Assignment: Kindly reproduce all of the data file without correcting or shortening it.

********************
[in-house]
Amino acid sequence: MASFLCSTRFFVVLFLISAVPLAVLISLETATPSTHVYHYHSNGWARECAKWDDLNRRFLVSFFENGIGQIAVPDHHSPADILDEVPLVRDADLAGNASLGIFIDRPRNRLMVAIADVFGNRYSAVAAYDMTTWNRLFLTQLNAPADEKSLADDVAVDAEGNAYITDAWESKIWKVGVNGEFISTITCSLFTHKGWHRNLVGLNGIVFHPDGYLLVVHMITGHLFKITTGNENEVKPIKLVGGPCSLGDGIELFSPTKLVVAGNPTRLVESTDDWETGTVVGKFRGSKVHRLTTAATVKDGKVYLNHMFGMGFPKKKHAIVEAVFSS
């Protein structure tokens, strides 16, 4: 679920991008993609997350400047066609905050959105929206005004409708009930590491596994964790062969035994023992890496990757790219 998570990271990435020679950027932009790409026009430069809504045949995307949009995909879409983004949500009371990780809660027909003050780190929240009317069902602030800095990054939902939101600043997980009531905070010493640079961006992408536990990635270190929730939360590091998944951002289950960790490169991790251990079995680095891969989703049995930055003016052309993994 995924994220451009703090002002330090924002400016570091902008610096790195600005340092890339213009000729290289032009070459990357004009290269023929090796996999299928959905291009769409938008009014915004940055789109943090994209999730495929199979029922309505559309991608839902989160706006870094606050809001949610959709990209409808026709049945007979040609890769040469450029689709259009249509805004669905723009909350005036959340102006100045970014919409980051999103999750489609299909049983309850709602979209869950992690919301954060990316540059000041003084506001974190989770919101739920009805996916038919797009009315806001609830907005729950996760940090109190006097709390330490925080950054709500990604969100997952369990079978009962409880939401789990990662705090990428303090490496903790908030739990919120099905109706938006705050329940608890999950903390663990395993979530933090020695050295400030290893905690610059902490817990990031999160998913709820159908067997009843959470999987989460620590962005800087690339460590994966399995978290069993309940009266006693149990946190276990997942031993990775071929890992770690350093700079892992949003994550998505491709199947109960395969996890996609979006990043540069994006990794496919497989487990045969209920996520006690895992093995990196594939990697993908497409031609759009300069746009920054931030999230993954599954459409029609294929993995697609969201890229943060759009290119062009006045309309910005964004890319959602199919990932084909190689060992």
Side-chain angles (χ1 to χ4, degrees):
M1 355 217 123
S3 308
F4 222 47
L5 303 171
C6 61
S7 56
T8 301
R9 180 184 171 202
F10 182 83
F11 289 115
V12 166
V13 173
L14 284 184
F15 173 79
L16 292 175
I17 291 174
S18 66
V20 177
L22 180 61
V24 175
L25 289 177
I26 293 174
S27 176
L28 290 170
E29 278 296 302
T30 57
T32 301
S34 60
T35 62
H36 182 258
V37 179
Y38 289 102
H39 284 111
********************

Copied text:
[in-house]
Amino acid sequence: MASFLCSTRFFVVLFLISAVPLAVLISLETATPSTHVYHYHSNGWARECAKWDDLNRRFLVSFFENGIGQIAVPDHHSPADILDEVPLVRDADLAGNASLGIFIDRPRNRLMVAIADVFGNRYSAVAAYDMTTWNRLFLTQLNAPADEKSLADDVAVDAEGNAYITDAWESKIWKVGVNGEFISTITCSLFTHKGWHRNLVGLNGIVFHPDGYLLVVHMITGHLFKITTGNENEVKPIKLVGGPCSLGDGIELFSPTKLVVAGNPTRLVESTDDWETGTVVGKFRGSKVHRLTTAATVKDGKVYLNHMFGMGFPKKKHAIVEAVFSS
């Protein structure tokens, strides 16, 4: 679920991008993609997350400047066609905050959105929206005004409708009930590491596994964790062969035994023992890496990757790219 998570990271990435020679950027932009790409026009430069809504045949995307949009995909879409983004949500009371990780809660027909003050780190929240009317069902602030800095990054939902939101600043997980009531905070010493640079961006992408536990990635270190929730939360590091998944951002289950960790490169991790251990079995680095891969989703049995930055003016052309993994 995924994220451009703090002002330090924002400016570091902008610096790195600005340092890339213009000729290289032009070459990357004009290269023929090796996999299928959905291009769409938008009014915004940055789109943090994209999730495929199979029922309505559309991608839902989160706006870094606050809001949610959709990209409808026709049945007979040609890769040469450029689709259009249509805004669905723009909350005036959340102006100045970014919409980051999103999750489609299909049983309850709602979209869950992690919301954060990316540059000041003084506001974190989770919101739920009805996916038919797009009315806001609830907005729950996760940090109190006097709390330490925080950054709500990604969100997952369990079978009962409880939401789990990662705090990428303090490496903790908030739990919120099905109706938006705050329940608890999950903390663990395993979530933090020695050295400030290893905690610059902490817990990031999160998913709820159908067997009843959470999987989460620590962005800087690339460590994966399995978290069993309940009266006693149990946190276990997942031993990775071929890992770690350093700079892992949003994550998505491709199947109960395969996890996609979006990043540069994006990794496919497989487990045969209920996520006690895992093995990196594939990697993908497409031609759009300069746009920054931030999230993954599954459409029609294929993995697609969201890229943060759009290119062009006045309309910005964004890319959602199919990932084909190689060992």
Side-chain angles (χ1 to χ4, degrees):
M1 355 217 123
S3 308
F4 222 47
L5 303 171
C6 61
S7 56
T8 301
R9 180 184 171 202
F10 182 83
F11 289 115
V12 166
V13 173
L14 284 184
F15 173 79
L16 292 175
I17 291 174
S18 66
V20 177
L22 180 61
V24 175
L25 289 177
I26 293 174
S27 176
L28 290 170
E29 278 296 302
T30 57
T32 301
S34 60
T35 62
H36 182 258
V37 179
Y38 289 102
H39 284 111